Starting in 2019, full service clients will walk away from their projects with the guide, Beyond an Outstanding Resume. The guide outlines 12 tactics for comprehensively managing your career.

The suggestions in Beyond an Outstanding Resume serve as guideposts to point clients in the right direction, helping them to comprehensively navigate their path to achieving the ultimate professional goal: Career Fulfillment – not merely “looking for a job” when necessary.

Your Relationship with Change and Growth

Kent Nolen

Happy New Year!

I am often asked for my “best” career advice. People want to know what will help them succeed in their job, the interview, their annual review, etc.

This comes up a lot. Especially at the start of a new year.

Of course, my responses change depending on the topic and the employment environment at any given time, but right now I’m seeing a lot of missteps when it comes to one thing:

Change and Growth Orientation

Increasingly, top employers are looking for agility and action. They are most interested in job candidates who can demonstrate a track record of action (via an outstanding resume and stellar interviewing skills) and who are actively taking steps to become better and better at what they do.

Simply put, employers want to know that you have fresh ideas and are currently engaged in growing your career and knowledge base.

When I am consulting to help a company with a high-level hire, this is an area that will often separate the “good” candidates from the “excellent” candidates.

Ask yourself:

  • Am I aware of current cutting-edge practices in my field?

  • Can I demonstrate my domain expertise and am I prepared to speak to the aspects of my field that have my attention right now?

  • Am I able to communicate a passion and a distinct point of view regarding where my field is heading.

Remember, the demand for organizations to rapidly evolve demands that they have talent who can lead that change. So, hiring someone who knows where any given domain is headed isn’t just a nice to have; it is critical to a company’s success. Be that person.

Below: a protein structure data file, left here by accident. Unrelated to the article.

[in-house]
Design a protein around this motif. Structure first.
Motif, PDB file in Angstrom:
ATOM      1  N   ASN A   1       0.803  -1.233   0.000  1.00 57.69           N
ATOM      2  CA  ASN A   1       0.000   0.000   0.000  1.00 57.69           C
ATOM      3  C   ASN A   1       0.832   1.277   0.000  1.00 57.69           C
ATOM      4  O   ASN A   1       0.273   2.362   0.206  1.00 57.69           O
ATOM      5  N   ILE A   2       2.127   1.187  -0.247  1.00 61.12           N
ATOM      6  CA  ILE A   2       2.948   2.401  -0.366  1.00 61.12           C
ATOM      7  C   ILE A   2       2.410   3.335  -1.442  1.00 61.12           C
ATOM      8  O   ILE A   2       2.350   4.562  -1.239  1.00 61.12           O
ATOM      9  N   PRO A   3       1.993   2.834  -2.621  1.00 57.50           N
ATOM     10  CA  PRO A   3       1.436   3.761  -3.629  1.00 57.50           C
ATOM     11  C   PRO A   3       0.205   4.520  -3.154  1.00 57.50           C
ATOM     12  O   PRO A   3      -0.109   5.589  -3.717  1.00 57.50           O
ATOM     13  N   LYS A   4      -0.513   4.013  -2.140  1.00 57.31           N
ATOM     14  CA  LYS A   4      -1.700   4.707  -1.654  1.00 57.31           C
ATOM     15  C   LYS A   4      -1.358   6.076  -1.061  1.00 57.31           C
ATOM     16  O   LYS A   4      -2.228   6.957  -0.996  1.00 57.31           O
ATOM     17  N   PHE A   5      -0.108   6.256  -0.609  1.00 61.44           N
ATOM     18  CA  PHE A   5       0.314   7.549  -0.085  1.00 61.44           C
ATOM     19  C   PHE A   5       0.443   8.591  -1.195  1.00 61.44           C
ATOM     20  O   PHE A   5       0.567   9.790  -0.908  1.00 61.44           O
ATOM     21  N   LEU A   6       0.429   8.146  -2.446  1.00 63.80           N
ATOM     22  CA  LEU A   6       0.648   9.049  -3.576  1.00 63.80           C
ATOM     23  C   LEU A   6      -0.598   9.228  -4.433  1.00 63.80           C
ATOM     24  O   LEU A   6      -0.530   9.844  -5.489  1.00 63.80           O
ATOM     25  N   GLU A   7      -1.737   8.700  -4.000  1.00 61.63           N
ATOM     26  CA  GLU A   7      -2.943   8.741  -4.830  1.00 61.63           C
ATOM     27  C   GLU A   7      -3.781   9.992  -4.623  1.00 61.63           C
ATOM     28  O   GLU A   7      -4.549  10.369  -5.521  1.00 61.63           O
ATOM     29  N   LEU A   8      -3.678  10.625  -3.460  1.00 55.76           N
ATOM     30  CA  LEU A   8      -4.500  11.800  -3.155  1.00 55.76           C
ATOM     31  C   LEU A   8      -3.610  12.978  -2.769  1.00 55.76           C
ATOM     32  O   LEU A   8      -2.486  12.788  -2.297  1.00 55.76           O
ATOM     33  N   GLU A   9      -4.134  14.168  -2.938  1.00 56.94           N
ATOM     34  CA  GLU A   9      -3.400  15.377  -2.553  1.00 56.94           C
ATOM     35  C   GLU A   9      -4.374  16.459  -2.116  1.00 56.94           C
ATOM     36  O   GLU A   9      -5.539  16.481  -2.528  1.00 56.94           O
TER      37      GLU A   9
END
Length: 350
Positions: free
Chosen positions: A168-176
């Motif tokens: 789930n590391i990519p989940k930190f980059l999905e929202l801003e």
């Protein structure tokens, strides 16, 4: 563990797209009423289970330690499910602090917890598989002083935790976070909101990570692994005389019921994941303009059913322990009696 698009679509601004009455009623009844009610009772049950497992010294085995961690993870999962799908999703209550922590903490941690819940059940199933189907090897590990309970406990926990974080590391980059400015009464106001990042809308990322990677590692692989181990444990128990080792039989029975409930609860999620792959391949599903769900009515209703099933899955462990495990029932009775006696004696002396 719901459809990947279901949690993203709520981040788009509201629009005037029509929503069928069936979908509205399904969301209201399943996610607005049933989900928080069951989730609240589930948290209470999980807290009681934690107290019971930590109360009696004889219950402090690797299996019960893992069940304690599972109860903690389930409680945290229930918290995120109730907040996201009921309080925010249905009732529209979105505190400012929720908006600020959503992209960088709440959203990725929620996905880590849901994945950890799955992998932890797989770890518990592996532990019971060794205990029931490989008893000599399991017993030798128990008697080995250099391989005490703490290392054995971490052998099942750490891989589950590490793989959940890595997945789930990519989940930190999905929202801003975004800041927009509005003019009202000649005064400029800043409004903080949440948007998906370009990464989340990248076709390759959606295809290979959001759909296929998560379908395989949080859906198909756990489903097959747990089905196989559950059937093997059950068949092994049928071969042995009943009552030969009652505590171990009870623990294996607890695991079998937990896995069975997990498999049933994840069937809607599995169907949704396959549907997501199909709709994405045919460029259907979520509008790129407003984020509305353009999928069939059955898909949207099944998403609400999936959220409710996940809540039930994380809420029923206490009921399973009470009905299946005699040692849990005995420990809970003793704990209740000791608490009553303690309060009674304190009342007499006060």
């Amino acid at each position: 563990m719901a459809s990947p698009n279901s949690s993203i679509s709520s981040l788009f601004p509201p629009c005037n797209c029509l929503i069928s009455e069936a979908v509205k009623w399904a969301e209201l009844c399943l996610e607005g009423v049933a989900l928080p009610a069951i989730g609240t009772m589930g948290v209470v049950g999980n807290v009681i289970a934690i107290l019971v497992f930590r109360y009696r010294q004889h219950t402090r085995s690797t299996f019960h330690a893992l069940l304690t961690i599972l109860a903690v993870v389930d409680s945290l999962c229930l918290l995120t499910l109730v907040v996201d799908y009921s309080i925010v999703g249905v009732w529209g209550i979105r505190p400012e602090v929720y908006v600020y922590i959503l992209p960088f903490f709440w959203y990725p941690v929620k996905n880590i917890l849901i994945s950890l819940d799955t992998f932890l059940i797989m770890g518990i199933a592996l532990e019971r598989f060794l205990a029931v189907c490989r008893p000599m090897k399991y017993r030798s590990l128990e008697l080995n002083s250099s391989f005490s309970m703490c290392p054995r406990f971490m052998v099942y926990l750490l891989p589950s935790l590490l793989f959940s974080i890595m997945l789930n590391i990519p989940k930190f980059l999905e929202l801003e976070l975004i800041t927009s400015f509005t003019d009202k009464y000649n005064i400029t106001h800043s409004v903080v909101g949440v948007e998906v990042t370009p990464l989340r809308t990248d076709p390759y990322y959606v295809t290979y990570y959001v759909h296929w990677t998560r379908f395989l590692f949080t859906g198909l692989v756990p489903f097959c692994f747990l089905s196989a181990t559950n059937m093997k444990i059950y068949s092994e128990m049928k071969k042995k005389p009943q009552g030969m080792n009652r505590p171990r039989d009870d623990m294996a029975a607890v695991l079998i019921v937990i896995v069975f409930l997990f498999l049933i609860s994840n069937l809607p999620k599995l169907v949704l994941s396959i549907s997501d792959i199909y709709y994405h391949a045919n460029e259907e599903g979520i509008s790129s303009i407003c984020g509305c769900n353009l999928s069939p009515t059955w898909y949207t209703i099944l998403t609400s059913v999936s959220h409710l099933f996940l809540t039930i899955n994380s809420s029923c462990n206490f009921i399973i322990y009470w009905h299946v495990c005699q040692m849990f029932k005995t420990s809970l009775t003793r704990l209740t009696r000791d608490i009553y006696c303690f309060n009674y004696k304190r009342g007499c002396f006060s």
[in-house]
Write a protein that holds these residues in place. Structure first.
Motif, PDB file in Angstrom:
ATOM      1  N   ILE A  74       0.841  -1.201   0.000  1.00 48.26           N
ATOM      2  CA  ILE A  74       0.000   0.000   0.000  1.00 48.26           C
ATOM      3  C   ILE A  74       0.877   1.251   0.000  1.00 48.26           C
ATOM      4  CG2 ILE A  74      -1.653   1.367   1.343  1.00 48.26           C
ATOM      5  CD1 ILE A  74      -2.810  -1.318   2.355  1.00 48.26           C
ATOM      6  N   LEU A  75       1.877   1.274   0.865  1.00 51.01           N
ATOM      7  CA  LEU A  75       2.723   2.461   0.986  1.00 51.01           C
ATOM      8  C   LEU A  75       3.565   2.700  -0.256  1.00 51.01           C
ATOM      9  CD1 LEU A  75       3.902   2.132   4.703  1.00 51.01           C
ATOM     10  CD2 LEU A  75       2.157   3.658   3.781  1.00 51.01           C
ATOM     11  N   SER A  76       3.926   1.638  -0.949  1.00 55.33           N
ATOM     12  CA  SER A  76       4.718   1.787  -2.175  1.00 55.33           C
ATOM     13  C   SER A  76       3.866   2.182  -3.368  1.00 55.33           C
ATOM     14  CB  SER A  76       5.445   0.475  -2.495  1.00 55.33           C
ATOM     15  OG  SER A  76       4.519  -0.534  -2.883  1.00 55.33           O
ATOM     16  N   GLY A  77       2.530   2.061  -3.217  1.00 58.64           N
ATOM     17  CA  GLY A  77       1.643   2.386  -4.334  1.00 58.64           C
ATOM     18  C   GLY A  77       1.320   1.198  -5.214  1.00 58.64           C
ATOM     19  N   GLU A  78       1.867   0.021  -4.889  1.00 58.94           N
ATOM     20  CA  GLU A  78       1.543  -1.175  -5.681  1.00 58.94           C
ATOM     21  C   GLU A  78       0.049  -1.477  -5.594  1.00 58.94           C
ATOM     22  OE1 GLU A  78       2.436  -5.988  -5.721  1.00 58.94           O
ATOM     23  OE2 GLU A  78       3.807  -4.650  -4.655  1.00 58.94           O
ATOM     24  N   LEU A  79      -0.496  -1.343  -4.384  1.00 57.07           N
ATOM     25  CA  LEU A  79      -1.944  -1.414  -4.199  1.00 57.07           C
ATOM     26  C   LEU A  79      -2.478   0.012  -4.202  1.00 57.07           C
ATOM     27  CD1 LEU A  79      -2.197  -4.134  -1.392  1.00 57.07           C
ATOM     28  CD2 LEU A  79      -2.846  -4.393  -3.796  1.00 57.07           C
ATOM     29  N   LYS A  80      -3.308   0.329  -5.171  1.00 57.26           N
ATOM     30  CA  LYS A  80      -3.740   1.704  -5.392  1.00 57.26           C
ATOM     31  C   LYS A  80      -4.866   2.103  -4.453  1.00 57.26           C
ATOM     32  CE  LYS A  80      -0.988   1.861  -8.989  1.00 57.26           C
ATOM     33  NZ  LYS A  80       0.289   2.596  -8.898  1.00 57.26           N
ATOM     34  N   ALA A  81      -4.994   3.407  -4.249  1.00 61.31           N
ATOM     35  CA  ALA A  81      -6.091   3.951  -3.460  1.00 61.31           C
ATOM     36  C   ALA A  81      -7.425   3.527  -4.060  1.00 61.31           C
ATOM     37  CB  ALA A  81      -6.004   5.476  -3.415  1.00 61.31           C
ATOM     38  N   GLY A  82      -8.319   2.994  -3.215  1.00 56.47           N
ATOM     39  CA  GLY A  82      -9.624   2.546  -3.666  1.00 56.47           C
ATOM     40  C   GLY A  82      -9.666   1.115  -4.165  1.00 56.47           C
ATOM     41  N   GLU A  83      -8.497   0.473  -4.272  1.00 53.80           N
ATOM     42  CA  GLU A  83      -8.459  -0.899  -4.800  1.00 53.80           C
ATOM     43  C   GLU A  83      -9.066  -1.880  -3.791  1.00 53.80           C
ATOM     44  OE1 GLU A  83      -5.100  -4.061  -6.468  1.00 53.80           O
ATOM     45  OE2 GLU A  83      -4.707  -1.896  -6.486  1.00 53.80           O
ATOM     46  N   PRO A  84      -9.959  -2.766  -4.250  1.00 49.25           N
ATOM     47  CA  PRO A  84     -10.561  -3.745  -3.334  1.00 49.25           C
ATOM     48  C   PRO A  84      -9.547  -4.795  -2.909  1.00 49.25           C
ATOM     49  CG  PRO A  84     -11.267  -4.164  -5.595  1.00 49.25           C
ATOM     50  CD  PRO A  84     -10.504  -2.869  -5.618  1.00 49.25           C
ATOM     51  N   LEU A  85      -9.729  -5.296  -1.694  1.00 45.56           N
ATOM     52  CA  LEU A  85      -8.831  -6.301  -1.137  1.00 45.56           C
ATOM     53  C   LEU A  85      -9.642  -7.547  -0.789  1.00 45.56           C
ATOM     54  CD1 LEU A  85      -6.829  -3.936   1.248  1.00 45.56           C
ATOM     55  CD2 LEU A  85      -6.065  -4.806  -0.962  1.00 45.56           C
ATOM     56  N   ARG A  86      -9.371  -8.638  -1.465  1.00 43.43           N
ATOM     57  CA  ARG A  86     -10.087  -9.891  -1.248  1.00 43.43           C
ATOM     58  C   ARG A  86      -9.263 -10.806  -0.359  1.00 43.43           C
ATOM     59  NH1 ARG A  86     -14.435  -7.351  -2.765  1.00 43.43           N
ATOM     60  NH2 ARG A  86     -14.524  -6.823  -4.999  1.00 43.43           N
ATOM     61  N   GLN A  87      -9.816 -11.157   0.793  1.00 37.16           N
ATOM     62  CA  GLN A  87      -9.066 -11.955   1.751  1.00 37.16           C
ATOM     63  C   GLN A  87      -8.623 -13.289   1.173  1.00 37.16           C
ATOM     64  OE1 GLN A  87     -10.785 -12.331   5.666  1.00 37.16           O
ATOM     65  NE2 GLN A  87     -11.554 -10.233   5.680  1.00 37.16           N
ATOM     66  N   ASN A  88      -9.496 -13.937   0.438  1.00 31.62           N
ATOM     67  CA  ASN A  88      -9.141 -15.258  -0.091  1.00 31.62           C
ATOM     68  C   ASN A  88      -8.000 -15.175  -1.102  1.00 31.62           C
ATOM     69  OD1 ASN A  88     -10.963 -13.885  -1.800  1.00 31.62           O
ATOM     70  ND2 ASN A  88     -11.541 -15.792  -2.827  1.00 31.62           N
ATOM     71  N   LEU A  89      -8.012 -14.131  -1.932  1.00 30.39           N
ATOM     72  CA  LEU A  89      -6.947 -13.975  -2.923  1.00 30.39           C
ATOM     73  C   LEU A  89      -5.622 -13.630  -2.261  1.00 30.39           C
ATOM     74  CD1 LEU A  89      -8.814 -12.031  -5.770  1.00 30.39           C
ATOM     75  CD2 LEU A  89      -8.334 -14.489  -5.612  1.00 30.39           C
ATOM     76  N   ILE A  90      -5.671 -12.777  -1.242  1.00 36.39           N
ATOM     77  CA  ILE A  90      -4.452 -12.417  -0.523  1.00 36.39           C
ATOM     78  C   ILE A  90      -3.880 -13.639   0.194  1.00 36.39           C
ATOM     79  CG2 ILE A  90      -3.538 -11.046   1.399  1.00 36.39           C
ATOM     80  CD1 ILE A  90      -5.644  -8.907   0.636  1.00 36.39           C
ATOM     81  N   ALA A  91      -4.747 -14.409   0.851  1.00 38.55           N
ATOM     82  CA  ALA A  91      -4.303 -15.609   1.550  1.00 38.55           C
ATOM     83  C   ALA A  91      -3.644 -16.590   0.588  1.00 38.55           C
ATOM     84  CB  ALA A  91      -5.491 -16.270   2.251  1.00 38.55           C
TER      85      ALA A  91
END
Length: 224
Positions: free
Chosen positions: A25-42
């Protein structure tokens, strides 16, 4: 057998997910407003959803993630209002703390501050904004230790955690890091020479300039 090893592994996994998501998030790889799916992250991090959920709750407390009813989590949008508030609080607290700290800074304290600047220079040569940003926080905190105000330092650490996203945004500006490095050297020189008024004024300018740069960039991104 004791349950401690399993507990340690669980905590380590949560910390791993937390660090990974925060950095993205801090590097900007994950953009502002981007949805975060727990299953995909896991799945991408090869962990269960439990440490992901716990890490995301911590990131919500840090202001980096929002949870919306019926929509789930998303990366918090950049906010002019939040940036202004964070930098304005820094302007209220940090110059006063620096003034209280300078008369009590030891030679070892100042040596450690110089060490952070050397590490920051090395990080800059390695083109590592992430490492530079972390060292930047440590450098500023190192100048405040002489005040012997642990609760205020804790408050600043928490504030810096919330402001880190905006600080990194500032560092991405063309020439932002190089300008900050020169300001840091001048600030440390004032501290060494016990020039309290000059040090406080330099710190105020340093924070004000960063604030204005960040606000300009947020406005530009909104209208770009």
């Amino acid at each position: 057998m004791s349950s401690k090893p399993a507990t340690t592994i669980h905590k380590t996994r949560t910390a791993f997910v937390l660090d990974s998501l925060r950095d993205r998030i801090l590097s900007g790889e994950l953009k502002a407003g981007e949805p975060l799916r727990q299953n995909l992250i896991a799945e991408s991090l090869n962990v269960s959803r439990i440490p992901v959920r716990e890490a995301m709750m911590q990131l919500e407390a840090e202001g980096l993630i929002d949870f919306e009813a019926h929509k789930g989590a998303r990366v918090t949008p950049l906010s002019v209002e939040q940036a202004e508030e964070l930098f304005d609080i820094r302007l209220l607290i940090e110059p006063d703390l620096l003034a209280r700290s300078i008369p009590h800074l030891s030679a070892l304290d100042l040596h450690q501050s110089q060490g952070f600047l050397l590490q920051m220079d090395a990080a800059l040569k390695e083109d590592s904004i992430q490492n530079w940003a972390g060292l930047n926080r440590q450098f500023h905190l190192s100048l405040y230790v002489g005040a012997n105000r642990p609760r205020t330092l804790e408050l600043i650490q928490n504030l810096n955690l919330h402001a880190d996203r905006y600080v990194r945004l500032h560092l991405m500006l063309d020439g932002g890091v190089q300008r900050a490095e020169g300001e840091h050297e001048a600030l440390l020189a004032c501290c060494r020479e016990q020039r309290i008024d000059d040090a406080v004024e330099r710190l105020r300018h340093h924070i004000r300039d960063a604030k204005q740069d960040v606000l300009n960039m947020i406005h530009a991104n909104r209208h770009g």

Welcome to 2019. Remember, if you need help with the next steps in your career, change starts here at Tandem Powered!

How to Deal with Overlapping Jobs on a Resume

Kent Nolen

As startup companies grow and established companies continue to look for ways to cut costs and maximize productivity, it is common for employees to hold multiple roles at once. This increasingly common reality can make it very challenging to effectively capture your experience on a resume or LinkedIn.

Here is an example: I recently worked with a client who joined a startup as an HR Manager. Within a year, she was tasked with leading the PR team, but she continued to serve as HR Manager. To further complicate things, she was essentially pulled out of both roles for a period of time to support a round of fundraising. Essentially, this client had 3 different roles that she wanted to honor on her resume but was completely stumped by how to accomplish that.

I’ll tell you what I told her.

When it comes right down to it, you only ever really hold one position at a time. Yes, that position may evolve, new responsibilities may be added, and you may be pulled away to support special projects, but you don’t technically have multiple jobs. Just the one (complex) job.

With that resolved, you still need to find a way to honor the complexity of the role and shifting scope without complicating things. Here are two quick tips: